I also concur with comments that you should buy a better charger that can charge an odd number of batteries/charge independently; battery charging in series works well when both cells are functional and effective but if one cell is degraded the other one suffers

  • As it turns out, this is what I did. I have two clocks that take one battery each. When one needs recharging, I charge them both. – James Webster Dec 25 '18 at 20:37
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I've never had this exact problem, but occasionally I've had to make fake batteries out of aluminum foil. This will just send the electrical signal back to the circuit and keep it running.

How to make it:

  • Use can use a battery as either a model or something to mold the aluminum foil around (I prefer the mold)
  • Just wrap the aluminum foil around the battery and it should fit in the charger

This method has been safe for me and the aluminum foil has lasted pretty long (I've had one for about 6 months). Just make sure to turn of the charger before removing the fake battery.

  • Firstly, this is really interesting :) Secondly, are there any health risk we should know of? How long can it stay, etc? Also, maybe there are some sites that might be of help with the development of this answer. – Pobrecita Dec 27 '14 at 0:24
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    @darthnesscoveredthesky I edited some stuff in, but this trick is just from experience. – michaelpri Dec 27 '14 at 0:28
  • 1+ I think, but you should say that the "method has been safe for me", since you cannot bring proof. Just my 2pence, though :) – Pobrecita Dec 27 '14 at 0:41
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    I would not suggest this, as without an understanding of how the charging circuit in your specific charger works, you could have problems anywhere from a ruined battery and/or charger to a fire (not likely, but I wouldn't try this in my house). It might work, but if it doesn't, bad things could happen. – TomG Dec 28 '14 at 19:52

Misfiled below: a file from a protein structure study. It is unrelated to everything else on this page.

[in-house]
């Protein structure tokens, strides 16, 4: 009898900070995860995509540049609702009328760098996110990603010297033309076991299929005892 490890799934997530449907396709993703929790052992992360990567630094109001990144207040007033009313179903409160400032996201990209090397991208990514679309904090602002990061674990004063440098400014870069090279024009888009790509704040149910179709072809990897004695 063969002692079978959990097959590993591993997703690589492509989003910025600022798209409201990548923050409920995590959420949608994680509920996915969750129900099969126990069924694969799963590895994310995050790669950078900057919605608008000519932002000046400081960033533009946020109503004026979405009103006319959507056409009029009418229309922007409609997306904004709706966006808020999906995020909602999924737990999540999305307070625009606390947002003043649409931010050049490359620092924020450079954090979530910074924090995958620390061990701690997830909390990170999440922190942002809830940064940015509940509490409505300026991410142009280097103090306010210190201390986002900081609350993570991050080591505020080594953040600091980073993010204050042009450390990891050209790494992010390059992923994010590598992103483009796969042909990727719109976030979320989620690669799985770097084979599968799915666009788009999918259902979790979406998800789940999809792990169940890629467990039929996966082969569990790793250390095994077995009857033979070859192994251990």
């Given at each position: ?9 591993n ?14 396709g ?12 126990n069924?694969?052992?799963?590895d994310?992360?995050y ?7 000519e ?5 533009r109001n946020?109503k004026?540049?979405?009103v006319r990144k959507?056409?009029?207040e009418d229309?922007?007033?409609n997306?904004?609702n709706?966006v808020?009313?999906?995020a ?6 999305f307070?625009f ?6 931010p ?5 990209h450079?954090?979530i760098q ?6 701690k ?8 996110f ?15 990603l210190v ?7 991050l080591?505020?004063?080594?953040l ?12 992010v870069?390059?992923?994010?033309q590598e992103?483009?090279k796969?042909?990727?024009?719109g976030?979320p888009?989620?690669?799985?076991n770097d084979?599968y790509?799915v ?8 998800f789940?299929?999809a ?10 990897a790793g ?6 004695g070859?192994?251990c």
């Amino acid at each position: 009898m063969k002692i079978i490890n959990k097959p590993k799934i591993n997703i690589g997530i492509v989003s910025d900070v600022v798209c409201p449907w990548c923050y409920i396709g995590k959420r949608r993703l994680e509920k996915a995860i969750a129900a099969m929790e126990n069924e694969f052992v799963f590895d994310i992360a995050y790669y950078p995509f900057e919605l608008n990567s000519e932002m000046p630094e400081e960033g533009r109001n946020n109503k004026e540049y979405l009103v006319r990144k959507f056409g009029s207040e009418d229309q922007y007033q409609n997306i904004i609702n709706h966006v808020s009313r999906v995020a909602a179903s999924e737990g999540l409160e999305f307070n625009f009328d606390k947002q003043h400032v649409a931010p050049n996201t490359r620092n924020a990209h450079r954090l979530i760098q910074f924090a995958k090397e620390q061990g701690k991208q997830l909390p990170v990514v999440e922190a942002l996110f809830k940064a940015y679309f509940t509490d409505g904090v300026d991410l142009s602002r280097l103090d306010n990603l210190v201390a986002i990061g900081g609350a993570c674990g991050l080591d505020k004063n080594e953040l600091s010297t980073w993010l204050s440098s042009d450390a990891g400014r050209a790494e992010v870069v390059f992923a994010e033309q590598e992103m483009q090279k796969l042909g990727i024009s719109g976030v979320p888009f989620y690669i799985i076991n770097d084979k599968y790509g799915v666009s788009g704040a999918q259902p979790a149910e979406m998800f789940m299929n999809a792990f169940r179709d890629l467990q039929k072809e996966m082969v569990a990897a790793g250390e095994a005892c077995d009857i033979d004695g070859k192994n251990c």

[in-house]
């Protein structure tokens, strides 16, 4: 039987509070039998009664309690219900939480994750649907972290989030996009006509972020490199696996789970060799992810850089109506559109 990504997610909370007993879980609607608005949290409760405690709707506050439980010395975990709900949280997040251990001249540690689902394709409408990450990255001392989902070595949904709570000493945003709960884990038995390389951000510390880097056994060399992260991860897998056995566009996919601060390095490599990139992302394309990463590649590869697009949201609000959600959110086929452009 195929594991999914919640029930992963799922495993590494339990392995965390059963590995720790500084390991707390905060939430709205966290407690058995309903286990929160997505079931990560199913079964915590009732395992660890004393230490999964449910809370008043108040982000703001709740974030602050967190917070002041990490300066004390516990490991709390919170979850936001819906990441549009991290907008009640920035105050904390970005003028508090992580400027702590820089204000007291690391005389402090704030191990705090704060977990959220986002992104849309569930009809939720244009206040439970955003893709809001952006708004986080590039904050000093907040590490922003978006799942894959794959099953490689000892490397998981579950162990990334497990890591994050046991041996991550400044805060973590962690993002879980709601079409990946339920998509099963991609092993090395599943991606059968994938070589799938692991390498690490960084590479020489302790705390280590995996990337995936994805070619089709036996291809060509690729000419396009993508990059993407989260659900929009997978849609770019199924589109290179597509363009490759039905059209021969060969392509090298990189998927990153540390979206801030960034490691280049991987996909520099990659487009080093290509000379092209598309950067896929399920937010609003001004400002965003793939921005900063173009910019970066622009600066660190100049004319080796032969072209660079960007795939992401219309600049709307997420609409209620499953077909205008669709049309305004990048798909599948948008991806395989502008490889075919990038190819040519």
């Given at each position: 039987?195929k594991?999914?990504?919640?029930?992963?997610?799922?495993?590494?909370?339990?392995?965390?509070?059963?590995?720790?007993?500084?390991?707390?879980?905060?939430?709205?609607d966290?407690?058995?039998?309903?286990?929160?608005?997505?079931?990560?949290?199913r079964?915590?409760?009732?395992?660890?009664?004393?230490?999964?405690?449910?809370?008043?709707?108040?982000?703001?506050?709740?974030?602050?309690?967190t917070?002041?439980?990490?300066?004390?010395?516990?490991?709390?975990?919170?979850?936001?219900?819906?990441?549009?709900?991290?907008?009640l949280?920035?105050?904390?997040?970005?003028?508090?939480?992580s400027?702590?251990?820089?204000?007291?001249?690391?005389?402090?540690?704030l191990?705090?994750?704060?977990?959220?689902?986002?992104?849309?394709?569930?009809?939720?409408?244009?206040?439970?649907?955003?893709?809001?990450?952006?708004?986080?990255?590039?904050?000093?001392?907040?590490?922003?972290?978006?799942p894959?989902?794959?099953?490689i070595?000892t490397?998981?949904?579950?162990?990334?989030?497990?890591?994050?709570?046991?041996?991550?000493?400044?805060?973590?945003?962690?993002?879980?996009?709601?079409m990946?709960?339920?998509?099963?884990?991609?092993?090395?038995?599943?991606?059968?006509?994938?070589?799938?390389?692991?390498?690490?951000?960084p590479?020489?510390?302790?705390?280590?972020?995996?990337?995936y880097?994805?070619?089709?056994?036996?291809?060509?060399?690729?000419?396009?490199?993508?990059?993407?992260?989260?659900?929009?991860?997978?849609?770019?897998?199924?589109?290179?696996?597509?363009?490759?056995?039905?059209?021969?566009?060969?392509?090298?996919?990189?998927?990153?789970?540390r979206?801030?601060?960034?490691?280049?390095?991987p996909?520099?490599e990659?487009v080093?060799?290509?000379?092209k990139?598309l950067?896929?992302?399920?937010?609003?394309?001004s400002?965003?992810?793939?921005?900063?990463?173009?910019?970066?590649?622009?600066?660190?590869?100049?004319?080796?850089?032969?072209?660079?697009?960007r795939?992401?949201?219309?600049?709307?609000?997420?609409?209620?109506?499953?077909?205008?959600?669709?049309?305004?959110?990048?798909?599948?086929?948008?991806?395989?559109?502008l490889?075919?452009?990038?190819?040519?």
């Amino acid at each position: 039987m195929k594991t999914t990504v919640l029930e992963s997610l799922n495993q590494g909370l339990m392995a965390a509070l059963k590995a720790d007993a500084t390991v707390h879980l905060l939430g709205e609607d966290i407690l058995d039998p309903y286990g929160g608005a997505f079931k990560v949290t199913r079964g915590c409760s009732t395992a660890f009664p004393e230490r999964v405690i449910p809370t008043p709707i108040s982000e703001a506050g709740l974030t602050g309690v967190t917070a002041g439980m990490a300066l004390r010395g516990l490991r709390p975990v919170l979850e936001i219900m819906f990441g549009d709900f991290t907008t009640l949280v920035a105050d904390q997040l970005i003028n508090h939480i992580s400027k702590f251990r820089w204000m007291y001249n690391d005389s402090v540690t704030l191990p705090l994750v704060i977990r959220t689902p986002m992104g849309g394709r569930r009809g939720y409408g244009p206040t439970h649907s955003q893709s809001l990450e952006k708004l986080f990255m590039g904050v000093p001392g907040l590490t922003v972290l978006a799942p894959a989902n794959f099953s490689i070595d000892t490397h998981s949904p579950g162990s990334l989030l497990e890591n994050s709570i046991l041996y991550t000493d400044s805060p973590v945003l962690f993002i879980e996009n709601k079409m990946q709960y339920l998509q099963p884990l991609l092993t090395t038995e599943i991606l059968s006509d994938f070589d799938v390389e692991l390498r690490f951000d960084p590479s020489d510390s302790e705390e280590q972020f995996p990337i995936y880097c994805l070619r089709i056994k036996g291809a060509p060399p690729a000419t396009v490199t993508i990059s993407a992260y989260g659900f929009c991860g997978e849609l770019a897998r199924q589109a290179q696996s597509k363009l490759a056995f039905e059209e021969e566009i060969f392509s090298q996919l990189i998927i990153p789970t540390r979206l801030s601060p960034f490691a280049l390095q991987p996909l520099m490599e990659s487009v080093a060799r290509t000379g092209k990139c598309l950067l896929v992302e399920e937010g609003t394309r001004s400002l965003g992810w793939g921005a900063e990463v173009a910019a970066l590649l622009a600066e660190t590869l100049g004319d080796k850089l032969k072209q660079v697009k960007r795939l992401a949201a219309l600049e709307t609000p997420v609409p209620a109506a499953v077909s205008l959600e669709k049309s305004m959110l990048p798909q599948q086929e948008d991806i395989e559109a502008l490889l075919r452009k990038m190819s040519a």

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    usually with cheap Ni-Cd, Ni-Mh and rechargeable alkaline chargers (like yours) there's a power source with a resistor in series with the battery pair. The resistor's job is to limit the current to the maximum that a fully discharged battery can safely take. If you replace one battery with a short circuit you may initially get too much current for the remaining battery, but it's unlikely to be unsafe, it may however cook the battery a bit, shortening its life. For Lithium batteries however this would certainly be dangerous - they do catch fire if not charged properly. – stib Dec 29 '14 at 14:36
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If you have one battery less for charging to use battery pair charger, Use a metal screw as a replacement. It is a good conductor.

enter image description here

  • This is the sort of answer I was expecting, but is it safe? Have you tried it. – James Webster Dec 29 '14 at 8:58
  • @JamesWebster Yes I have tested with nail. It works. But I cannot speak how safe that is for battery and users. – Joachin Joseph Dec 29 '14 at 9:32
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    This seems like a really bad idea. It puts twice the voltage on the battery it is supposed to be recharged with. That's certainly not healthy for the battery and might even be dangerous. – Philipp Dec 29 '14 at 20:26